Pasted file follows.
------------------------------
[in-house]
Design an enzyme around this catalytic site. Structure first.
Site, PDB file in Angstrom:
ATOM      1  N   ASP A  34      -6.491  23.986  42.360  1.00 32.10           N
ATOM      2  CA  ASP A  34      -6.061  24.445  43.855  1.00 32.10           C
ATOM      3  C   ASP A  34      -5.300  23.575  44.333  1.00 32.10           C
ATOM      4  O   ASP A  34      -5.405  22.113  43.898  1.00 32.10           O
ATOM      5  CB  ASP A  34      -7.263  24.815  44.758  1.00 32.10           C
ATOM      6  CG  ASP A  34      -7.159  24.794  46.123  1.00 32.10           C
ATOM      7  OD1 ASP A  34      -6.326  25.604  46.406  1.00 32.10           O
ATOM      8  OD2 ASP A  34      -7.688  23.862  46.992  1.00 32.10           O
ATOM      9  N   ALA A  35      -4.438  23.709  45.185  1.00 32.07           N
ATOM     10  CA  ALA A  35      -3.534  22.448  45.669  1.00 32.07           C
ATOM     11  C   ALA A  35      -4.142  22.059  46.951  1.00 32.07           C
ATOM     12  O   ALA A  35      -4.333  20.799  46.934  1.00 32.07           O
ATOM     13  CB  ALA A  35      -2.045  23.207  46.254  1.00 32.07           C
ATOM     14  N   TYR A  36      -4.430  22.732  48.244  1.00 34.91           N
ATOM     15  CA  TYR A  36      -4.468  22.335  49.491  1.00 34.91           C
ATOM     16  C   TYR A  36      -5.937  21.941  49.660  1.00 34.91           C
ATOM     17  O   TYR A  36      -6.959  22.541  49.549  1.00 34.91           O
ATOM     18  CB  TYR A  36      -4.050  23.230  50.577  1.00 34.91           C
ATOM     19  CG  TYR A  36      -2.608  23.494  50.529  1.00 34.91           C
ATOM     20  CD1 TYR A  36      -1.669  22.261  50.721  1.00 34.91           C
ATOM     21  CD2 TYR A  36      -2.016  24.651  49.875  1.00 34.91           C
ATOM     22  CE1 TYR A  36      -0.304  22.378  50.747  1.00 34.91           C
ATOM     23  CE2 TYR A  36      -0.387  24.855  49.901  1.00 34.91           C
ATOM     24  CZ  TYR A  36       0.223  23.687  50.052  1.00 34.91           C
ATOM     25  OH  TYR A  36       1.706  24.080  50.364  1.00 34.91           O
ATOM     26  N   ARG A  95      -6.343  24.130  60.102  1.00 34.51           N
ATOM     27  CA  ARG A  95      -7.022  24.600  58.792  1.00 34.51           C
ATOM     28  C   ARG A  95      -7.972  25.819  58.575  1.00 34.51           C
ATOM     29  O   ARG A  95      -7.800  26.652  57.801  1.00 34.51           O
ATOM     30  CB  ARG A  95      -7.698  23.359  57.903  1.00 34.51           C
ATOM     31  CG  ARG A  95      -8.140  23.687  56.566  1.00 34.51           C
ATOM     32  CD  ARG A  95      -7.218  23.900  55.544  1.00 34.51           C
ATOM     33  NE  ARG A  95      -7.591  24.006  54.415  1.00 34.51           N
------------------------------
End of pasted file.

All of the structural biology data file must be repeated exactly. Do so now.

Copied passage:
[in-house]
Design an enzyme around this catalytic site. Structure first.
Site, PDB file in Angstrom:
ATOM      1  N   ASP A  34      -6.491  23.986  42.360  1.00 32.10           N
ATOM      2  CA  ASP A  34      -6.061  24.445  43.855  1.00 32.10           C
ATOM      3  C   ASP A  34      -5.300  23.575  44.333  1.00 32.10           C
ATOM      4  O   ASP A  34      -5.405  22.113  43.898  1.00 32.10           O
ATOM      5  CB  ASP A  34      -7.263  24.815  44.758  1.00 32.10           C
ATOM      6  CG  ASP A  34      -7.159  24.794  46.123  1.00 32.10           C
ATOM      7  OD1 ASP A  34      -6.326  25.604  46.406  1.00 32.10           O
ATOM      8  OD2 ASP A  34      -7.688  23.862  46.992  1.00 32.10           O
ATOM      9  N   ALA A  35      -4.438  23.709  45.185  1.00 32.07           N
ATOM     10  CA  ALA A  35      -3.534  22.448  45.669  1.00 32.07           C
ATOM     11  C   ALA A  35      -4.142  22.059  46.951  1.00 32.07           C
ATOM     12  O   ALA A  35      -4.333  20.799  46.934  1.00 32.07           O
ATOM     13  CB  ALA A  35      -2.045  23.207  46.254  1.00 32.07           C
ATOM     14  N   TYR A  36      -4.430  22.732  48.244  1.00 34.91           N
ATOM     15  CA  TYR A  36      -4.468  22.335  49.491  1.00 34.91           C
ATOM     16  C   TYR A  36      -5.937  21.941  49.660  1.00 34.91           C
ATOM     17  O   TYR A  36      -6.959  22.541  49.549  1.00 34.91           O
ATOM     18  CB  TYR A  36      -4.050  23.230  50.577  1.00 34.91           C
ATOM     19  CG  TYR A  36      -2.608  23.494  50.529  1.00 34.91           C
ATOM     20  CD1 TYR A  36      -1.669  22.261  50.721  1.00 34.91           C
ATOM     21  CD2 TYR A  36      -2.016  24.651  49.875  1.00 34.91           C
ATOM     22  CE1 TYR A  36      -0.304  22.378  50.747  1.00 34.91           C
ATOM     23  CE2 TYR A  36      -0.387  24.855  49.901  1.00 34.91           C
ATOM     24  CZ  TYR A  36       0.223  23.687  50.052  1.00 34.91           C
ATOM     25  OH  TYR A  36       1.706  24.080  50.364  1.00 34.91           O
ATOM     26  N   ARG A  95      -6.343  24.130  60.102  1.00 34.51           N
ATOM     27  CA  ARG A  95      -7.022  24.600  58.792  1.00 34.51           C
ATOM     28  C   ARG A  95      -7.972  25.819  58.575  1.00 34.51           C
ATOM     29  O   ARG A  95      -7.800  26.652  57.801  1.00 34.51           O
ATOM     30  CB  ARG A  95      -7.698  23.359  57.903  1.00 34.51           C
ATOM     31  CG  ARG A  95      -8.140  23.687  56.566  1.00 34.51           C
ATOM     32  CD  ARG A  95      -7.218  23.900  55.544  1.00 34.51           C
ATOM     33  NE  ARG A  95      -7.591  24.006  54.415  1.00 34.51           N